***This review contains spoilers.***
I’m not a huge fan of sappy romance novels or even chick lit, but something about Jill Santopolo’s “The Light We Lost” grabbed my interest. I wish it hadn’t. The novel about the romance between Columbia seniors Gabe and Lucy begins on 9/11/2001 and stretches on for the next thirteen years, after their careers and priorities landed them in separate parts of the world. Lucy becomes a children’s television producer, while Gabe is a photojournalist covering conflicts in Pakistan, Afghanistan, Syria and beyond.
One of the most aggravating parts of the book (and there were many) is how our narrator, Lucy, is telling the story TO Gabe. Therefore each short little chapter (which is identified by lower-case Roman numerals because it’s so fancy) begins with some sort of insight into life such as, “There are certain events in a person’s life that feel like turning points, even when they’re happening” and then ends with a question to Gabe such as, “But would you let me photograph you, now, if you had the chance?” Vomit. There are so many fake apologies: “I’m sorry if you don’t want to hear about me falling in love with another man, Gabe, but you left me to go chase your dreams.” There are so many asinine little asides: “Did you ever meet so-and-so’s sister, Felicia? She has corkscrew curls and the brightest smile and a keen sense of fashion.” There are just so many words that do NOTHING to bolster the narrator’s personality, character, or presence.
Here’s what really gets me about “The Light We Lost.” It’s all so promising. The fourteen month romance at the center of the story doesn’t take place right away, and it happens all while the other shoe is about to drop, because Gabe has told our narrator that he will be leaving NYC to pursue photography. They move in together anyway, vowing that they won’t ever minimize the other person’s career goals. Then Gabe becomes an experienced photographer, and leaves Lucy alone in New York. He stops responding to her e-mails. She finds solace in her gal pals, seeks advice from her science-y older brother who makes a bunch of references to chemistry, then meets another man and falls in love with him.
All the while, she is becoming established in her TV career. She works on a children’s show called “It Takes a Galaxy,” which features cartoon aliens. Lucy slowly begins contributing more to the plot points of the show, breaking gender stereotypes and helping teach kids to believe in the power of their dreams. She ends up dating this guy Darren, who she meets at a beach house, and he is a stable, polite, 9 to 5’er who seems like a safe choice after the dashing and unpredictable Gabe.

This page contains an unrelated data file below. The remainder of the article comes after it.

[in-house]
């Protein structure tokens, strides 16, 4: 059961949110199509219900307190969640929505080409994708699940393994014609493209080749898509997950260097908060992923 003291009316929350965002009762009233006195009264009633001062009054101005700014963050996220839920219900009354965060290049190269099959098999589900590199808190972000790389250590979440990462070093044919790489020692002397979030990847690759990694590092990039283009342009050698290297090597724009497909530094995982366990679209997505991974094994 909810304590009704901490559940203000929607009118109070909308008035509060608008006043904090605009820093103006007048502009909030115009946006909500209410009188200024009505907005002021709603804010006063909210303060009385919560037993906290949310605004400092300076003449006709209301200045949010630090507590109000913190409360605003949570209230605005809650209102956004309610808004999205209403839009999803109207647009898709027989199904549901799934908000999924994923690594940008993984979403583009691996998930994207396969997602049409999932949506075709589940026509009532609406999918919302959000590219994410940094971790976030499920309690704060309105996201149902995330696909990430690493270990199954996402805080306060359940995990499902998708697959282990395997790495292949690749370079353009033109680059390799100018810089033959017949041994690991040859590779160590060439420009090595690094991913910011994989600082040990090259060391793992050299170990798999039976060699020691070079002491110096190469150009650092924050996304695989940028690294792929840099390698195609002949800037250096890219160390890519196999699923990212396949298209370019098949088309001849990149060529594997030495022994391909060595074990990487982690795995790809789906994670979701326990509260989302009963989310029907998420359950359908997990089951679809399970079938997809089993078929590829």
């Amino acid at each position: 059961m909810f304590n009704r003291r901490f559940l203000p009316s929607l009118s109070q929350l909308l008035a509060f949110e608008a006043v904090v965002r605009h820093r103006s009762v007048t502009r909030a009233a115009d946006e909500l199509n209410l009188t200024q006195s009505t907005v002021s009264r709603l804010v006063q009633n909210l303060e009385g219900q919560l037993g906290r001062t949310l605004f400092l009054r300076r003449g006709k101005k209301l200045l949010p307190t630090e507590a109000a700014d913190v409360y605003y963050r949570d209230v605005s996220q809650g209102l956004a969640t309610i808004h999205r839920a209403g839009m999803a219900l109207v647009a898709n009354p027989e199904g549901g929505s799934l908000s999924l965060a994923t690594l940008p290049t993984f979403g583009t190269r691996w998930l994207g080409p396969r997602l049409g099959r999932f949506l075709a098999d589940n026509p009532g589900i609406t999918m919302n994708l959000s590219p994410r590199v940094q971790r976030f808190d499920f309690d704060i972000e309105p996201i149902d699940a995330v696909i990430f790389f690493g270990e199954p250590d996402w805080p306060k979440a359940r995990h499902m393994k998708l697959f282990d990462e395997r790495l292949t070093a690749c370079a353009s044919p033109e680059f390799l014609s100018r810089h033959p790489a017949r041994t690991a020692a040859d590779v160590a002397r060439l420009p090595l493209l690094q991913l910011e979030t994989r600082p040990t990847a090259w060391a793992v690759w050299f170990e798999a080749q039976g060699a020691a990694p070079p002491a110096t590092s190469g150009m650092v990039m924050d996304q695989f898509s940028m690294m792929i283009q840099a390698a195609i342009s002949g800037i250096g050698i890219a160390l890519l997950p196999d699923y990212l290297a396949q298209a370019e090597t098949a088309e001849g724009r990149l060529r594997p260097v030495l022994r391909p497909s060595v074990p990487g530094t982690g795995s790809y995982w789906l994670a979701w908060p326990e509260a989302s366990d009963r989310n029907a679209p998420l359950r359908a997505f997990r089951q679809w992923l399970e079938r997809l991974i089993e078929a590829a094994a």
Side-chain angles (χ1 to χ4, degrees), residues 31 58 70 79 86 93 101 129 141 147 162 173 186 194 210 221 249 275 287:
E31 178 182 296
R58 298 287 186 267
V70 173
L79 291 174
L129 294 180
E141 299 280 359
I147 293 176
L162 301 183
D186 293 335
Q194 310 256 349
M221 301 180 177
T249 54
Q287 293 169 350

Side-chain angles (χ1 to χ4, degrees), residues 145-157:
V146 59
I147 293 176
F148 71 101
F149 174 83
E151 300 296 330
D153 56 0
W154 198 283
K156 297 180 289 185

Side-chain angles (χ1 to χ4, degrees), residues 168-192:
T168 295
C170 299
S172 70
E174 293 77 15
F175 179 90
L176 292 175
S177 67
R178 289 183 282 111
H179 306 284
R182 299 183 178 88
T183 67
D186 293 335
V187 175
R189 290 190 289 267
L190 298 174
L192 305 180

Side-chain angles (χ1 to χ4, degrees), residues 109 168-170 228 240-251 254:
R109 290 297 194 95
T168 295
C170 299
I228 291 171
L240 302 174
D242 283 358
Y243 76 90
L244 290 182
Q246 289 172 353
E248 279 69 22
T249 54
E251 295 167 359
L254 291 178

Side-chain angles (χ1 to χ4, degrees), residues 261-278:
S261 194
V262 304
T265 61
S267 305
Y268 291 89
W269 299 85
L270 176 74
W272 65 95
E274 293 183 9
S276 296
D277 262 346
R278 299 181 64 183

Every so often she is jarred by a reminder of Gabe–a photo of his appears in the New York Times, or she sees something on Facebook that reminds her that their lives have drifted apart. But Darren is helping her cross things off her bucket list. He buys her a puppy, which will be kept at HIS apartment. Lucy doesn’t like that–she wanted a say in the dog selection process. He whisks her away to France because she wanted to spend a weekend in Paris. That’s where he proposes.
So of course she marries this nice stable guy, even though he tells her that her children’s television job is “cute” and she thinks that’s offensive. He minimizes her aspirations, which is exactly what she and Gabe promised they would never do to each other. Gabe calls her, of course, on the morning of the wedding. He wanted to hear her voice, and she theorizes that he doesn’t have enough deep connections with other people to keep him grounded even though he has this exciting and kind of dangerous career.
He gets engaged to someone else, then they break up. Lucy and her husband have two kids and start to drift apart. Darren wants her to quit her job because, well, the guy is sort of a chauvinist and she never had a serious conversation to curb that opinion. Lucy thinks he is cheating, so eventually when Gabe is back in town, they have a one-afternoon affair and SURPRISE! She gets knocked up. Then he calls her, desperate to recapture the normalcy they could never have, and tells her he is quitting and moving back to the States to be with her. Then he gets horrifically injured in an explosion and SURPRISE! Lucy is his medical proxy so her pregnant self has to get on a plane to Israel to decide whether to pull the plug.
Ugh ugh ugh. It is all so yuck. The premise was interesting, and I admire the star-crossed lovers that want to make a difference in the world. But really, even the ENDING lacked satisfaction, because I wanted to know whether she was going to stay with the husband and didn’t even find out.
Next time that I’m tempted to pick up a chick lit book, I’ll think twice. At least this was a quick read so not too much time was lost.